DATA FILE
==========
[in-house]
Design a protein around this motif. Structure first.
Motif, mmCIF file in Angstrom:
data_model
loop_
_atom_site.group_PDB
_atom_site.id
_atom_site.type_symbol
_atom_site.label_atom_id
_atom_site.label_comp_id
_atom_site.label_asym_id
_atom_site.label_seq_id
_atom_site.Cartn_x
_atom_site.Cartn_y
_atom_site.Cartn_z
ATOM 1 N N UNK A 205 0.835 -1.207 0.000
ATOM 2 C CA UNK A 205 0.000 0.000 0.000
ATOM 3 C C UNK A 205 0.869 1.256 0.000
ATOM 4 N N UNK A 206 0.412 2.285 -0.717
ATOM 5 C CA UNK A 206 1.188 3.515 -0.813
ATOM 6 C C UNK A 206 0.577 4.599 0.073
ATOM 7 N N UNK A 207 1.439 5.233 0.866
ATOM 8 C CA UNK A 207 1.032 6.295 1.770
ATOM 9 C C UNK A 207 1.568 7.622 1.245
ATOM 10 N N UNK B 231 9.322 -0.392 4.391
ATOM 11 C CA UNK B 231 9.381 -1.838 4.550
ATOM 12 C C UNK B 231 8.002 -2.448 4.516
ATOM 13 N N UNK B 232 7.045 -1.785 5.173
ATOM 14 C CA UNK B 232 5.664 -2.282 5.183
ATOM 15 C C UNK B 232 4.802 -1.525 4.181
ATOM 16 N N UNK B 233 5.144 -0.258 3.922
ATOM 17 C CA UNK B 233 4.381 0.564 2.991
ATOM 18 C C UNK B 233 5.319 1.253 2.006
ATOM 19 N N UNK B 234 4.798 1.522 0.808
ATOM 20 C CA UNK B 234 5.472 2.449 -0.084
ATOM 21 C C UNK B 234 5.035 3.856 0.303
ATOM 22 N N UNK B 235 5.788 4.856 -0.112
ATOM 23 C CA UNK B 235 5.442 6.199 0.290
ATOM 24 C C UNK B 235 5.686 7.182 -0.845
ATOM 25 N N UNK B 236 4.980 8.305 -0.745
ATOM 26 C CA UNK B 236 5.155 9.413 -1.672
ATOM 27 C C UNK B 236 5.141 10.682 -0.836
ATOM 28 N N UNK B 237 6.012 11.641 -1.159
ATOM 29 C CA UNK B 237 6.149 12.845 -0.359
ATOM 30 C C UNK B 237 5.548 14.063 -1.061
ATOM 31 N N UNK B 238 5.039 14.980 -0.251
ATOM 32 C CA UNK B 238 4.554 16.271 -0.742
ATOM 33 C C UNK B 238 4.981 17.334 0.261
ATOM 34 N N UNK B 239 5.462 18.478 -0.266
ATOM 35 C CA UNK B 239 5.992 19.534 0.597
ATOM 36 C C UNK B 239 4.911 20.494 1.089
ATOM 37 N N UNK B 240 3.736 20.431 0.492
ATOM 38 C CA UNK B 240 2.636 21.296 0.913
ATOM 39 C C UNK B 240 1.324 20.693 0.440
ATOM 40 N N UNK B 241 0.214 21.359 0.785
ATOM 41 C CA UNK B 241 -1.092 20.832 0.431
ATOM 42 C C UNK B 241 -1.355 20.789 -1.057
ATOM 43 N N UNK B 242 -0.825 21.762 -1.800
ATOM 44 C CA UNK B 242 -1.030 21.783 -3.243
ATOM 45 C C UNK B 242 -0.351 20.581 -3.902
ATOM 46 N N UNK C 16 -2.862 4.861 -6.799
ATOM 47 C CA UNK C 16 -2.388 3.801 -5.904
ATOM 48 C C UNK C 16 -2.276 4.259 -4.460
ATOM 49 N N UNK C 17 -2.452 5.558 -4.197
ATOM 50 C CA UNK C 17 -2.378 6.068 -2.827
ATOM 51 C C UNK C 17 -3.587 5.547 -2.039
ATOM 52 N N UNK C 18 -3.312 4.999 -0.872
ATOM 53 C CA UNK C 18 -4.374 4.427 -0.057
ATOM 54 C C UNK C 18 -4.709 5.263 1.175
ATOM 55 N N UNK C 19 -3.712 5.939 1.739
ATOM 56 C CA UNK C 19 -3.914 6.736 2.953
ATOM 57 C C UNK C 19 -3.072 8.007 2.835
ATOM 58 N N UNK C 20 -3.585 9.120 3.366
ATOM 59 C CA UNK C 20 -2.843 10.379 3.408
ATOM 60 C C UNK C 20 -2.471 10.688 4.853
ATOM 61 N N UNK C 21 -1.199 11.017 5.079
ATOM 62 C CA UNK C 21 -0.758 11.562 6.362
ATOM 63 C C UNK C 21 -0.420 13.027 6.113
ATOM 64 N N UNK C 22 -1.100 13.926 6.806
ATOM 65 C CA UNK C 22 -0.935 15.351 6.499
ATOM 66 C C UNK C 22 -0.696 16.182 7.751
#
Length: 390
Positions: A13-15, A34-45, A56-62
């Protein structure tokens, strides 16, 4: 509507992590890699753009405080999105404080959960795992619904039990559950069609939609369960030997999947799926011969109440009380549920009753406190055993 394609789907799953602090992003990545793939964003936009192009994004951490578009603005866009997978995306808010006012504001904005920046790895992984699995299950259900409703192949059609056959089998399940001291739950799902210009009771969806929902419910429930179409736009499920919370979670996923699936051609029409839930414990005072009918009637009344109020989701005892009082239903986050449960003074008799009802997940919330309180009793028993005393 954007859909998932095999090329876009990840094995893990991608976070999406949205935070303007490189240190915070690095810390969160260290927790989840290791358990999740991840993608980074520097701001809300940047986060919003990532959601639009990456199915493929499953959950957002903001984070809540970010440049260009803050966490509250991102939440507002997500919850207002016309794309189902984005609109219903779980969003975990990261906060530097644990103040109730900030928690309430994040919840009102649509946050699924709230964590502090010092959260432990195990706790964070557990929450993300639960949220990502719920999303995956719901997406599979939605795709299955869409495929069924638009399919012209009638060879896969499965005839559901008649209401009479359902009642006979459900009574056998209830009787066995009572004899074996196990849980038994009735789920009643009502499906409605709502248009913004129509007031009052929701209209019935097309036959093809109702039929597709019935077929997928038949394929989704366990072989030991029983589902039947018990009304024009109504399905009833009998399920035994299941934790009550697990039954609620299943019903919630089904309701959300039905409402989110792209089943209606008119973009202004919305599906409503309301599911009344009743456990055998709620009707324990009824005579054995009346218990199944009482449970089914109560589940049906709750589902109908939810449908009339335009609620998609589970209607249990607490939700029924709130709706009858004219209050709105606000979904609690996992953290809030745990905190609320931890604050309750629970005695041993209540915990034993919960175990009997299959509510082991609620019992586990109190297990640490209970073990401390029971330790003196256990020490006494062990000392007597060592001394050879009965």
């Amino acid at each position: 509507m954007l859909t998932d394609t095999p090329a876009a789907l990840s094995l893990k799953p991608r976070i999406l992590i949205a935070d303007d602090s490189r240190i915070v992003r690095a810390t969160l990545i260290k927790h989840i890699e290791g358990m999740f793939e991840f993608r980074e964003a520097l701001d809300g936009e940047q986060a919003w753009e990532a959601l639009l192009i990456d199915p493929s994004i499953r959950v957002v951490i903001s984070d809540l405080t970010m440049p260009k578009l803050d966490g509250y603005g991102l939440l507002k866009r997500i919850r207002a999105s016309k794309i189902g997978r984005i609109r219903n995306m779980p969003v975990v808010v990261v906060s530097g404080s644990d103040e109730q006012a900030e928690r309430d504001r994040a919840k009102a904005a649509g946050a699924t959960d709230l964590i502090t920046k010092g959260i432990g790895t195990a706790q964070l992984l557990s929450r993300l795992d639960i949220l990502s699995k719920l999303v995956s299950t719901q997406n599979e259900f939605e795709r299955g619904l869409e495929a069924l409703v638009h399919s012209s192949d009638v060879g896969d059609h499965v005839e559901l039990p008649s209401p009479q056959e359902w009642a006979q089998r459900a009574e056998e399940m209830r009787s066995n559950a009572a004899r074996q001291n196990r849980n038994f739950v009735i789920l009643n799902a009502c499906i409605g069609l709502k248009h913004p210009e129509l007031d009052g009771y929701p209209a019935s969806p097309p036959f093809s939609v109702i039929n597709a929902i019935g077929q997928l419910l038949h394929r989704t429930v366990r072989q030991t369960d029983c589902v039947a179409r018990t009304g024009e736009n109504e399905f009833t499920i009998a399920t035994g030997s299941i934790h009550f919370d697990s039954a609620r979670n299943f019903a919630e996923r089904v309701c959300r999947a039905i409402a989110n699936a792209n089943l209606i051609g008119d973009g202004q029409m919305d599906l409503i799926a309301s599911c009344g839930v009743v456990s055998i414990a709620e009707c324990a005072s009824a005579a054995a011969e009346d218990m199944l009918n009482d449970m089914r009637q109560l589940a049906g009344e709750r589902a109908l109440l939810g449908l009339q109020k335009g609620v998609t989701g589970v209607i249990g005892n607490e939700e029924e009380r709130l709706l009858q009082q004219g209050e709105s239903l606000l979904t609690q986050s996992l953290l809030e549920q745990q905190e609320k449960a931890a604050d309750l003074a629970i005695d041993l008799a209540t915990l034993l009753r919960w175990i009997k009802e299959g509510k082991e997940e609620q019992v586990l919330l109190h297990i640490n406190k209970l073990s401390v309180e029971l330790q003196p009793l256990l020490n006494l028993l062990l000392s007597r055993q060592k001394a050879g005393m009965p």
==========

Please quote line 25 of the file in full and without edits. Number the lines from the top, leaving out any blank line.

ATOM 10 N N UNK B 231 9.322 -0.392 4.391